Five Muslim students who were said to have become "intoxicated" by extremist propaganda were freed yesterday after the Court of Appeal declared their convictions unsound. In a case described as a victory for the Muslim community, the senior judges declared it had not been proved that they had planned to use downloaded material in an act of terrorism.
The Old Bailey heard last year that the four Bradford University students were arrested after the fifth defendant, schoolboy Mohammed Irfan Raja, ran away from home, leaving a note for his parents to say he was going to fight abroad and would see them in heaven. They were obsessed with jihadi websites and had all planned to go to Pakistan to train to fight in Afghanistan, potentially against British soldiers, the prosecution claimed.
But the young men all denied having extremist views. The material they had downloaded from internet sites was not intended to encourage terrorism or martyrdom but simply to research ideology. They were nevertheless convicted and given sentences ranging from two to three years.
But yesterday, Lord Chief Justice Lord Phillips, sitting with Mr Justice Owen and Mr Justice Bean, quashed their convictions and ordered their release. "We do not consider that it was made plain to the jury... that the case that the appellants had to face was that they possessed the extremist material for use in the future to incite the commission of terrorist acts. We doubt whether the evidence supported such a case," said Lord Phillips.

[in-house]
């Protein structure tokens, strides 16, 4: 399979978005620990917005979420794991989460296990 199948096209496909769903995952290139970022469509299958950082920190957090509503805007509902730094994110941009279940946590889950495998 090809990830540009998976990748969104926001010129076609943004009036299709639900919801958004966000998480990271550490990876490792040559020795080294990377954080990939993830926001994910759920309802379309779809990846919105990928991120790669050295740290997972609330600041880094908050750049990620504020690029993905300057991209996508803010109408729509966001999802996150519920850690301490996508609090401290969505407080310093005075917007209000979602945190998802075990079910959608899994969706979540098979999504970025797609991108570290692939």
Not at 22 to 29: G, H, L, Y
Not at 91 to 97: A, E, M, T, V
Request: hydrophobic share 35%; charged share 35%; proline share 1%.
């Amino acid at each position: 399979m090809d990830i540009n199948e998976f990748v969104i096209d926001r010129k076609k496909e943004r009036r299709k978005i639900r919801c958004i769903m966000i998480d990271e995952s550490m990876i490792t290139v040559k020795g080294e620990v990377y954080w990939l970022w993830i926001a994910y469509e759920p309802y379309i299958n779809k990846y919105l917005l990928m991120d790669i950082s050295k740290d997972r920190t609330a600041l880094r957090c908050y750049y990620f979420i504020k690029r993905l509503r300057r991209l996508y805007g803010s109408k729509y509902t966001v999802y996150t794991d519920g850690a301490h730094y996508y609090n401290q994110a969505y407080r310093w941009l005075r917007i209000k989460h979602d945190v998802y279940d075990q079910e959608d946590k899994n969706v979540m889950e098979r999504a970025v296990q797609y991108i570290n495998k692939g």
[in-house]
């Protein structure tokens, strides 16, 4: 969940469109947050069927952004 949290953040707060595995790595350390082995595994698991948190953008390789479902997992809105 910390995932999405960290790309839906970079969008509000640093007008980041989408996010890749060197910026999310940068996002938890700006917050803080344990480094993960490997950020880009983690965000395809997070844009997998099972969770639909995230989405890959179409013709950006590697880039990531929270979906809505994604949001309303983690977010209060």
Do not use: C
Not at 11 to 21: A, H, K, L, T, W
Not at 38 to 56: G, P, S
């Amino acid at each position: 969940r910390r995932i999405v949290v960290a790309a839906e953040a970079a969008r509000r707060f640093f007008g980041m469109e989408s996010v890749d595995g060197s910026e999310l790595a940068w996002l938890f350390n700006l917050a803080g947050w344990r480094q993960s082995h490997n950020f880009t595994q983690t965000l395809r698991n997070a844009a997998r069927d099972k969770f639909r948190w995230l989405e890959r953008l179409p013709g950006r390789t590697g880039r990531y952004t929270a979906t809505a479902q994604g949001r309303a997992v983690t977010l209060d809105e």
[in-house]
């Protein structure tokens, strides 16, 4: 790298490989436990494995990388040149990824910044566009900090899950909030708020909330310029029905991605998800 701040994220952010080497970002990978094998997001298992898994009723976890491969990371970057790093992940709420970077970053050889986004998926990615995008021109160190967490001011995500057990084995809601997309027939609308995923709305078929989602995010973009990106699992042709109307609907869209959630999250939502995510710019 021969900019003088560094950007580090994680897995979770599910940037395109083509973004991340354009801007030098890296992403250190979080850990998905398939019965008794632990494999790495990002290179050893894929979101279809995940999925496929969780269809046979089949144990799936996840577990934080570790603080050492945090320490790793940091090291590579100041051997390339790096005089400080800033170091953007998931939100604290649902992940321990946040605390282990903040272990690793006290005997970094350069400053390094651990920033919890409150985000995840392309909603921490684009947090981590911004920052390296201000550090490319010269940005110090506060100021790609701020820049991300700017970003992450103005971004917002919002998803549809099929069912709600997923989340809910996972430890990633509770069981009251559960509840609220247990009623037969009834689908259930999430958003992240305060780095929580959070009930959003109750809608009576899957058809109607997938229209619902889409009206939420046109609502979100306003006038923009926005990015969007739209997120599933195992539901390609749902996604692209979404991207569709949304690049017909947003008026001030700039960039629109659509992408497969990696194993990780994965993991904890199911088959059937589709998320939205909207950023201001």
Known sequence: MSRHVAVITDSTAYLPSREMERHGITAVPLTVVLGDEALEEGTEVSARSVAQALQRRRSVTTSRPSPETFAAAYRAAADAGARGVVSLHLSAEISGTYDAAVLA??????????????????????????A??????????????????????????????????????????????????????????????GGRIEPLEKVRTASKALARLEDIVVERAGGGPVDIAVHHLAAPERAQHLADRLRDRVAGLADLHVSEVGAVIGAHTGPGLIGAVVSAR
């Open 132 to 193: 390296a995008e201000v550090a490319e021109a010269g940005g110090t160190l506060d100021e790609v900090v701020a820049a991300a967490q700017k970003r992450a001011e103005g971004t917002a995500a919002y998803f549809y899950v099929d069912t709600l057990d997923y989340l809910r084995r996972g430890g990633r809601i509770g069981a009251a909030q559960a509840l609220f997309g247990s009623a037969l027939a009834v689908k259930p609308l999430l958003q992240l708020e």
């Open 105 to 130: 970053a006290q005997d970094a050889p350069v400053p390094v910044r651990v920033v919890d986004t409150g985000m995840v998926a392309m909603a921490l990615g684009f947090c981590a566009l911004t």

Imran Khan, solicitor for Aitzaz Zafar, 21, said the judgment had made it absolutely clear that possession of material must be for intent to use it unlawfully. "My client is over the moon. He says it is surreal and he cannot see why he has spent the past two years in prison for looking at material which he had no intention of using for terrorism. Young people should not be frightened of exploring their world."
Asked if the judgment might send out the wrong message, Mr Khan said: "There will always be people out there with wrong intentions, but we must not criminalise people for simply looking at material, whether it is good or bad." He asked that the Government look carefully at the judgment and reconsider the current legislation, saying: "This is a good judgment for the Muslim community and the community at large." Usman Ahmed Malik's solicitor, Saghir Hussein, said: "This is a landmark judgment in a test case over the innocent possession of materials."
Raja, now 20, of Ilford, east London, was serving two years in youth detention, while Zafar, of Rochdale, Lancashire, and Awaab Iqbal, 20, of Bradford, had been given three years' detention. Malik, 22, of Bradford, west Yorkshire was jailed for three years while Akbar Butt, 21, of Southall, west London, was given 27 months' detention.
On 24 July last year, the five men were convicted of possessing articles for a purpose connected with the commission, preparation or instigation of an act of terrorism, contrary to section 57 of the Terrorism Act 2000. Lord Phillips said yesterday: "Difficult questions of interpretation have been raised in this case."Reuse content